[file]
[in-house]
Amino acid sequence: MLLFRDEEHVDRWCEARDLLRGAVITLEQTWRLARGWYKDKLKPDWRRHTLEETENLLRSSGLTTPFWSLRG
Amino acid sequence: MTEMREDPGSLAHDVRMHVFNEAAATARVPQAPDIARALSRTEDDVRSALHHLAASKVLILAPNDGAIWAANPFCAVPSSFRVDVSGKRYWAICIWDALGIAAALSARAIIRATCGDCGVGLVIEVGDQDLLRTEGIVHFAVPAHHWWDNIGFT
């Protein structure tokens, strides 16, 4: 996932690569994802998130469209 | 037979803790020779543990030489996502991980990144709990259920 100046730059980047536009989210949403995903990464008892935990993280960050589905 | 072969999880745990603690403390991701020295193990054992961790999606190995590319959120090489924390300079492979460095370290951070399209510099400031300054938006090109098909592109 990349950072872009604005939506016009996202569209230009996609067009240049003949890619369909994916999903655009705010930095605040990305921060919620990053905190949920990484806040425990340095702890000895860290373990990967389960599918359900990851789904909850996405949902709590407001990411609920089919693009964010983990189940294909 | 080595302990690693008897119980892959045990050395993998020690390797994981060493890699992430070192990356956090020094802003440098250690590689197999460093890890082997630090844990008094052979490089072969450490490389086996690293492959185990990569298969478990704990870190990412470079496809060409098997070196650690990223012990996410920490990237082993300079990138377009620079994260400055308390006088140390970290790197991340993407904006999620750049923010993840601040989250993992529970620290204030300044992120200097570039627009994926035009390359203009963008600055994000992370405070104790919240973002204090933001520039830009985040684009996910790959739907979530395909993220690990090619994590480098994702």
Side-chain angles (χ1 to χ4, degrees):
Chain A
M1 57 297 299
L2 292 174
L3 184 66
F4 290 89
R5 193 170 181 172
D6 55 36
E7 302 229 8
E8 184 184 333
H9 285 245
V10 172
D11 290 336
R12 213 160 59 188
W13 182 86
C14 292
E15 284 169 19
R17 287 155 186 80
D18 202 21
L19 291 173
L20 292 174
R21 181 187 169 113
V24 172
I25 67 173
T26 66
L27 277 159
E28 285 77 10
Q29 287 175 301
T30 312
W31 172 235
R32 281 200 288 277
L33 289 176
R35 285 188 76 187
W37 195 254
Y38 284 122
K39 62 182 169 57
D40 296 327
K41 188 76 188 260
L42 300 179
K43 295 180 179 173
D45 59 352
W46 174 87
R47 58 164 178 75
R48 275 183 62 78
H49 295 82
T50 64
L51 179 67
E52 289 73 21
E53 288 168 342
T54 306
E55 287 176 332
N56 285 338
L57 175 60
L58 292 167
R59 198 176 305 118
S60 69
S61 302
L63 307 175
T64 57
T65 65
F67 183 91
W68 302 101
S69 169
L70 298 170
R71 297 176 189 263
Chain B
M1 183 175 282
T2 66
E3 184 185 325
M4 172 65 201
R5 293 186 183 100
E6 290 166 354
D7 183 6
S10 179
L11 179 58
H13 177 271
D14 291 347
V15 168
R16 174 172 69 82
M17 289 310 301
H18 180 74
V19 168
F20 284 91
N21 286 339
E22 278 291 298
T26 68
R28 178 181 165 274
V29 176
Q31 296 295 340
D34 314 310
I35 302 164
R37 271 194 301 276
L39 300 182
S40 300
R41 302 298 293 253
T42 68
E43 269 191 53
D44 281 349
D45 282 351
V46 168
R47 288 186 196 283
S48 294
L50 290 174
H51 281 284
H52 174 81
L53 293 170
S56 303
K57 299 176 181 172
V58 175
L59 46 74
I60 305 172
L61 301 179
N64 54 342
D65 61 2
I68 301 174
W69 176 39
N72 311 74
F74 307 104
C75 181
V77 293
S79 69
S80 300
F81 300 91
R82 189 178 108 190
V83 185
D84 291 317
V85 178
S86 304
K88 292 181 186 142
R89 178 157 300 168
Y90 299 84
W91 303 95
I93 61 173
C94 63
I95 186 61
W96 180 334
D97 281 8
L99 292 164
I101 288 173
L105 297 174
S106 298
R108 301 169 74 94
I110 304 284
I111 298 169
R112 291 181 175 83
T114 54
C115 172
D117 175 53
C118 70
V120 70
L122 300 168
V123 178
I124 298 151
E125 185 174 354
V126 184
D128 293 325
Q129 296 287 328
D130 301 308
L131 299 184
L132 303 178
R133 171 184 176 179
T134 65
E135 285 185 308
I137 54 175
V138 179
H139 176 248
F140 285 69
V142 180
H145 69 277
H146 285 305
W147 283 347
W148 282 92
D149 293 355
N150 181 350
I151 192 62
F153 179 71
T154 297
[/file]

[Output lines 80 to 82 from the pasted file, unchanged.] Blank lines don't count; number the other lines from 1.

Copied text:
H13 177 271
D14 291 347
V15 168